Understanding Your Dog’s Pack Mentality 

… (And Why You Might Not Be Top Dog)

Having issues with your dog not listening to you? Always feel like you’re second-fiddle to your pet’s needs and wants? If so, your dog may have the upper hand in your relationship and has taken on the leader of the pack role. Instead of viewing you as the one in charge, your pet sees you as a follower and has no reason to listen to you. Reversing these roles is essential to balancing your relationship with your dog.

What is Dog Pack Mentality

What is pack mentality: Pack mentality applies not only to dogs, but to any animal group, including humans. The definition of pack mentality has a negative connotation. It describes a collaborative group led by an alpha, who exudes dominance over the submissive group.

Are dogs really pack animals? Sorta. The research on dogs and packs suggests that dogs tend to be more social animals. In a true pack (as in wolves), the animals collaborate to survive; dogs aren’t as organized, and they tend to fend for themselves, even when they travel with a pack.

Classic dog-pack theory suggests a dog pack has a social hierarchy; one dog stands out as the leader, while the others follow. The alpha dog’s self-appointed responsibility is to direct and protect the pack. This dominant, dog pack mentality, can play a role in the relationship dynamics between dog owners and their dogs. One clear sign you are not the dog pack leader is your dog’s negative and very frustrating behavior — like ignoring your commands.

Bottom line is, whatever you want to call it – alpha dog, leader of the pack, dominant dog – your dog isn’t listening to you, and you’re frustrated. And that may because it sees you as subordinate; it may also be because your dog simply doesn’t understand you.

Alpha Dog Characteristics

Some dog trainers suggest that there are signs that your dog doesn’t see you as the alpha, such as:

Do you…

  • allow your dog free rein of the house?
  • feed your dog before you eat?
  • get upset and yell at your dog?

Does your dog…

  • jump on people, including you?
  • enter or leave a room in front of you?
  • pull when leash-walking?

If you answered yes, you might be enabling alpha dog characteristics. You may also be unknowingly rewarding negative behavior, thus reinforcing it (ensuring it will happen again). Establishing dominance with a dog earns your pet’s respect and gives you the leadership position in your dog “pack.”

How to Stop Your Dog Thinking He is Boss

Now that you know your alpha dog is in charge, let’s address how to assert dominance over a dog. The goal is that your dog sees you as the alpha, or leader of the pack. If he follows your commands, whether it be the basic “sit,” “come,” and “stay,” he will respect you, know that you’re in charge, and heed your requests. He’ll also obey more advanced instructions, like behaving well around other dogs and people.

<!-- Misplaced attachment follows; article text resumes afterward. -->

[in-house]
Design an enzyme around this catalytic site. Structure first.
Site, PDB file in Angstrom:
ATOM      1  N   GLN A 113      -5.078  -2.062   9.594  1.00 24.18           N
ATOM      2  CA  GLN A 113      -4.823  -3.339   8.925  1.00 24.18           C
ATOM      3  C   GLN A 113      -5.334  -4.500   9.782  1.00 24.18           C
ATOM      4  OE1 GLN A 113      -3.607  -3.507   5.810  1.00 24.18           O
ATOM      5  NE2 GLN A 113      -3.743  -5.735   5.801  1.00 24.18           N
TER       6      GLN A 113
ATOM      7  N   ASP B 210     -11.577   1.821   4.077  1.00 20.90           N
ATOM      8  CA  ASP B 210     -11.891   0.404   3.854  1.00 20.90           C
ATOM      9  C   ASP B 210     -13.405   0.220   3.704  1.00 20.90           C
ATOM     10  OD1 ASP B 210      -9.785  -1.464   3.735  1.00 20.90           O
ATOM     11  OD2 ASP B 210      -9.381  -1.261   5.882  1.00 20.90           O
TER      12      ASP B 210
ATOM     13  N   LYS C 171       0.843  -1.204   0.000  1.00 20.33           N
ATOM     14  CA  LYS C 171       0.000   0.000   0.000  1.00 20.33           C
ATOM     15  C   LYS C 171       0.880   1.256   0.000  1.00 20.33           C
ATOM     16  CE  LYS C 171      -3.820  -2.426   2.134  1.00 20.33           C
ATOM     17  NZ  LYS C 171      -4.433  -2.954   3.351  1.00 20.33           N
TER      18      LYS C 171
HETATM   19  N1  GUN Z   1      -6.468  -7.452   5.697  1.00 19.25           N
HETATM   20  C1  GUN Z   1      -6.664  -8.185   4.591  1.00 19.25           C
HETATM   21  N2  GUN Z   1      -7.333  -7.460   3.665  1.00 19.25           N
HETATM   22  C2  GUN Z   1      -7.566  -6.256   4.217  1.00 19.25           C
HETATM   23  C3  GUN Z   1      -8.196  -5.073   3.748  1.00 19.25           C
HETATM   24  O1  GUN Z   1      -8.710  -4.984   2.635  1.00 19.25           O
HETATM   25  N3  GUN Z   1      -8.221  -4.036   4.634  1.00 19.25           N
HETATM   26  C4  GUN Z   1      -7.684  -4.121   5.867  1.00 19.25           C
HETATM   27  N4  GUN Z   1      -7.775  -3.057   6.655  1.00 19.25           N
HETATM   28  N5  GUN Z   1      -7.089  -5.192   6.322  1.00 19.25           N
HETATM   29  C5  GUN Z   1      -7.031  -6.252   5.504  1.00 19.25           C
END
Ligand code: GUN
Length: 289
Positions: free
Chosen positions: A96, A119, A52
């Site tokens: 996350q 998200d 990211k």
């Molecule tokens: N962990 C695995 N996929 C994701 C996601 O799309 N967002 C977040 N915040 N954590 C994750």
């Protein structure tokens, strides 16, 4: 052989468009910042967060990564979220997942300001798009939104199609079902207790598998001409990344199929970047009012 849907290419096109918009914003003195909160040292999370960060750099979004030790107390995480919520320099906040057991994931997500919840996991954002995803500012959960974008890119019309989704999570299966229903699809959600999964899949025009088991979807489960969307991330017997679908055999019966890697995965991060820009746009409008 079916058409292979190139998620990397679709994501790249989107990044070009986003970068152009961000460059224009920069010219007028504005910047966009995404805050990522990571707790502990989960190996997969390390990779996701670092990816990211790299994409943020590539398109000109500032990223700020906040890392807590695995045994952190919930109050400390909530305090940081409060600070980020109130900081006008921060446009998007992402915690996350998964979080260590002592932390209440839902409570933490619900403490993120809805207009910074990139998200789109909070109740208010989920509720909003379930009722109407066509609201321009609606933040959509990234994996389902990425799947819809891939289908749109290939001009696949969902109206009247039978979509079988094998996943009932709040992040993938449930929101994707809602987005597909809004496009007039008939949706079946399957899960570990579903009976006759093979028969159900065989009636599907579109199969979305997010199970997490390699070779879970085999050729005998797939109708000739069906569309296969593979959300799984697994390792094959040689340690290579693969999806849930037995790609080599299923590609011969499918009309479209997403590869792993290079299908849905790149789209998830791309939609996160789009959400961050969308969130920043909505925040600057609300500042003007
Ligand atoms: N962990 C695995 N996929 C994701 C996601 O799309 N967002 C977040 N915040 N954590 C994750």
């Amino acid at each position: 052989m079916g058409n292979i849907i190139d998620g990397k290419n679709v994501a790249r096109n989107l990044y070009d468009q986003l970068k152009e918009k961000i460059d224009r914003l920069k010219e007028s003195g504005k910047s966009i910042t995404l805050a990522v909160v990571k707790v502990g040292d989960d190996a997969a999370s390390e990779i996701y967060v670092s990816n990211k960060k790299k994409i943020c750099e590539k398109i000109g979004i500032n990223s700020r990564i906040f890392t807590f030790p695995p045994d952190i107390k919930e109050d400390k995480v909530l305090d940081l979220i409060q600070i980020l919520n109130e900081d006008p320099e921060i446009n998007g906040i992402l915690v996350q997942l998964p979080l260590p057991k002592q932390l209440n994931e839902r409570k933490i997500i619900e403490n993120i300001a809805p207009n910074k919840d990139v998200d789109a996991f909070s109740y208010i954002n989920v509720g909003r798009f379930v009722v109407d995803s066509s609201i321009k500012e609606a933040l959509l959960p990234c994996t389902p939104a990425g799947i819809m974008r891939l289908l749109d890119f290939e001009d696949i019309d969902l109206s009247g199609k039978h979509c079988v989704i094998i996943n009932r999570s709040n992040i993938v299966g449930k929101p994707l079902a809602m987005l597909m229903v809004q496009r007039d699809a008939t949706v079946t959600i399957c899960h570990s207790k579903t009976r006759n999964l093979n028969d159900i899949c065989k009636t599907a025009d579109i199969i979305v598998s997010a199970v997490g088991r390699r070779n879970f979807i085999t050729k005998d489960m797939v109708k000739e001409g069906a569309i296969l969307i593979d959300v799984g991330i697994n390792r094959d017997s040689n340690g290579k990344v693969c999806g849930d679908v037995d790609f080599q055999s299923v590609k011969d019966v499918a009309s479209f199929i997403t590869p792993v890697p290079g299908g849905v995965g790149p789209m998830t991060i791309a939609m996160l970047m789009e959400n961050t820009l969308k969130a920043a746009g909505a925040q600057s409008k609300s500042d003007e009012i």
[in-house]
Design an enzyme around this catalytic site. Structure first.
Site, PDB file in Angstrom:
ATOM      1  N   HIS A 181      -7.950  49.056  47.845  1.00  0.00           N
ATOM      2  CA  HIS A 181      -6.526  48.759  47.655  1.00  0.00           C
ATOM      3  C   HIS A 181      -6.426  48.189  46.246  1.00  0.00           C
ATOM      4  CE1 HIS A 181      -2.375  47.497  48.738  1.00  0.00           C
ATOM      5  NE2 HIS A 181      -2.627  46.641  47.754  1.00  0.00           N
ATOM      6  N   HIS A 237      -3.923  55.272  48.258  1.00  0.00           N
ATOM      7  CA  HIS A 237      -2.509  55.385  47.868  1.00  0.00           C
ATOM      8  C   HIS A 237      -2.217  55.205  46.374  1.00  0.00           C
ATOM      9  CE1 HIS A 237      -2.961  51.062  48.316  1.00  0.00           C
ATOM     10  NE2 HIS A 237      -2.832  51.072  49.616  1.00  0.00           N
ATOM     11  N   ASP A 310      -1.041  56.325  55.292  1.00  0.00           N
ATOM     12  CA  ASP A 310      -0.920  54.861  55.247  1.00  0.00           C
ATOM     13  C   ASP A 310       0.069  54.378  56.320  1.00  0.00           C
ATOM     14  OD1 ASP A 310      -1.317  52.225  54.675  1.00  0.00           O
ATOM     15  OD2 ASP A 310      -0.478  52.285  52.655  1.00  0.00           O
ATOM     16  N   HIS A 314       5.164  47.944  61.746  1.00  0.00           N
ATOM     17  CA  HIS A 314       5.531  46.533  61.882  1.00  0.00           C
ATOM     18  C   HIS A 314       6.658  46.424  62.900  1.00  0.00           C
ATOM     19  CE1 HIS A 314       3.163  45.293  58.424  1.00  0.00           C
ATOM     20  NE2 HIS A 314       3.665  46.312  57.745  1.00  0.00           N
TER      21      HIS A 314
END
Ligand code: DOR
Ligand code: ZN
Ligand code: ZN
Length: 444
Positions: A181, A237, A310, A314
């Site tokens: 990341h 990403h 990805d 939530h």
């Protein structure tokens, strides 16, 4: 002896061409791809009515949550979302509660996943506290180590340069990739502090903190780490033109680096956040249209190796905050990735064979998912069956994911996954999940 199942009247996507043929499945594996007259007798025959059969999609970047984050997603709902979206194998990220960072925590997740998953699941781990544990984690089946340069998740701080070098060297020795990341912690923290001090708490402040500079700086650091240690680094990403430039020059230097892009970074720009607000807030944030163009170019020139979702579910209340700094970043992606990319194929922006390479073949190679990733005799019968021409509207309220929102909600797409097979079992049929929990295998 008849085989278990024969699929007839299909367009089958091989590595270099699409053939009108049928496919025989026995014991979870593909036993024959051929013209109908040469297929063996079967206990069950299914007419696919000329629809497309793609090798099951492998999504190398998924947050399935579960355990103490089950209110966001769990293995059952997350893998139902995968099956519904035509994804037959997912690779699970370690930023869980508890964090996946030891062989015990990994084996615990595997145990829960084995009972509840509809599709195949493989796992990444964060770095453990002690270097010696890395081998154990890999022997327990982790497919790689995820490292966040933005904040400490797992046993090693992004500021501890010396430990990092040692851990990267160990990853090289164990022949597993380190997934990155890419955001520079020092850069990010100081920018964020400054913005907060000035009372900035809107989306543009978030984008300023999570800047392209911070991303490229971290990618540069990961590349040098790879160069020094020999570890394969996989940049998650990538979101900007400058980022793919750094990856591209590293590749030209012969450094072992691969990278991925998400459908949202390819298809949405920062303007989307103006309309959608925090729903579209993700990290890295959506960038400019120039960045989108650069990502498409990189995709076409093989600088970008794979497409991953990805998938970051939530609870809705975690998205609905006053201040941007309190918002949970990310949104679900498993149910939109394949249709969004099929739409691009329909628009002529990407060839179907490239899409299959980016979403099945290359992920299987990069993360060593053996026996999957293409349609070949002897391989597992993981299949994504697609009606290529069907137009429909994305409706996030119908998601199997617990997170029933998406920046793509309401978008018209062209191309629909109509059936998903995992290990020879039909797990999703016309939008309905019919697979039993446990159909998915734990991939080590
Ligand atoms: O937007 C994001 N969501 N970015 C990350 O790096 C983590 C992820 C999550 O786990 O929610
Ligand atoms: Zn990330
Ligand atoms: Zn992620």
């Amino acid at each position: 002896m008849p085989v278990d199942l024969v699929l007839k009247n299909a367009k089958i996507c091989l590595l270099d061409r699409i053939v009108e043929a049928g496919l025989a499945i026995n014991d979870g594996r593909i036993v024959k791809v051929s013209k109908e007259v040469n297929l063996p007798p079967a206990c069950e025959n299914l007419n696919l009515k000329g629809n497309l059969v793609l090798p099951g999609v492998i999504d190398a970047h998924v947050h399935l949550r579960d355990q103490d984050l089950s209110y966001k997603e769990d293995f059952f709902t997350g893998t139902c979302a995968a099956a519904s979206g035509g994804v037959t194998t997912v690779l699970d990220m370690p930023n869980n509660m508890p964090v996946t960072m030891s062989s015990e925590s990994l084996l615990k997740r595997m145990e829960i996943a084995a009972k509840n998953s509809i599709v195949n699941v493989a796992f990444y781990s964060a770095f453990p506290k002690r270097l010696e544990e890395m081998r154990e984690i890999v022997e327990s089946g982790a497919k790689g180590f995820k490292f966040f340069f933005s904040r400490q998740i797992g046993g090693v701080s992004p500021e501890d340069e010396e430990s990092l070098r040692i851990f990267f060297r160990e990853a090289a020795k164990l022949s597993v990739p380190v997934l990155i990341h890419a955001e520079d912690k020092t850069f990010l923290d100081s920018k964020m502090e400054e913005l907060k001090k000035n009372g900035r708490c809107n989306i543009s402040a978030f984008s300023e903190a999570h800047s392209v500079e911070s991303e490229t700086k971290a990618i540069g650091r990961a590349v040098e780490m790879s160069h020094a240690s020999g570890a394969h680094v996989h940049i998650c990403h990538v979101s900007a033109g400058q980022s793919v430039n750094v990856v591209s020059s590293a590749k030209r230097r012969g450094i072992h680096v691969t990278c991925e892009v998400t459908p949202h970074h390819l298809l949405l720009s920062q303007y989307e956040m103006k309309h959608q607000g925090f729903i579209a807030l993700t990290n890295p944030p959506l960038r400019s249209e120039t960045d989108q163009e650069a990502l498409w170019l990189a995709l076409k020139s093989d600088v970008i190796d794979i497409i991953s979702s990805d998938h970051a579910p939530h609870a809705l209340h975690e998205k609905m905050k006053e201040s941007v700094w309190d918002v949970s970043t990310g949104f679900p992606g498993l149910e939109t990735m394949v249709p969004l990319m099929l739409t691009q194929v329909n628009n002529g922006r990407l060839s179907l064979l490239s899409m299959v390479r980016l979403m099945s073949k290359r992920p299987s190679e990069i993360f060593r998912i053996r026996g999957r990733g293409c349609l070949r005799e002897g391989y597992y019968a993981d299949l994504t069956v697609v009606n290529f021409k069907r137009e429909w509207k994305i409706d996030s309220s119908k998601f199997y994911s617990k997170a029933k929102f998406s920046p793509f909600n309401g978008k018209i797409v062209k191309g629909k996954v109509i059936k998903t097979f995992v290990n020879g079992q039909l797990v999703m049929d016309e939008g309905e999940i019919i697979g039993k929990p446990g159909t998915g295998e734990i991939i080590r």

To reach this point, you need to adopt some pack leader traits through your own behavior and dog alpha training, also referred to as dog respect training, or pack leader dog training.

How to break a dominant dog and become pack leader

There are some important steps you need to take to establish yourself as the pack leader.

Whether your dog is a puppy or an adult, understand that modifying your pet’s behavior will not happen overnight. Dog training takes time and patience, which leads us to tip #1: Be assertive, but never yell at your dog. Cranking up your volume toward your canine companion can cause fear and anxiety, which almost assures that your pet will continue ignoring your commands and potentially display increasing negative behaviors.

  • Take your dog for a daily walk for your pet’s physical and mental well-being.
  • Use consistent boundaries and limitations (we’re talking off-your-special-chair, out-of-the-bed, no-hanging-around-in-the-kitchen kind of boundaries). When your dog adheres to the house rules, reward the good behavior with affection, treats, or both.
  • Walk in and out of doors before your dog.
  • Command your dog to perform a particular task like “sit” or “stay” before they receive affection, water, food, or toys.
  • Involve all household members by setting individual pet responsibilities, so you’re all on the same page regarding caring for and training your dog.
  • Keep your dog beside you or behind you when walking. Positioning yourself between your dog and other dogs shows your pet you’re their protector.
  • Provide your dog with a space all her own. Whether it be her bed or the corner of a room, you must respect her space by staying out of it, which will teach her to respect yours.
  • Foster quiet time by sitting with each other and relaxing. No need for noisy play; just chill together.
  • Teach and reinforce basic commands like “sit” and “stay.” Training your pet to follow your instructions and continued practice throughout their life will strengthen your authority in the relationship.
  • If you’re bringing a new dog into the home, research the breed and the dog’s energy to ensure it fits your lifestyle.

While claiming the leader role (top dog) in your relationship with your dog takes time and consistency, once established, your pet will observe your authority and replace negative behaviors with positive, obedient ones.


Photo 49414435 / Dog ©ï¸� Ksenia Raykova | Dreamstime.com
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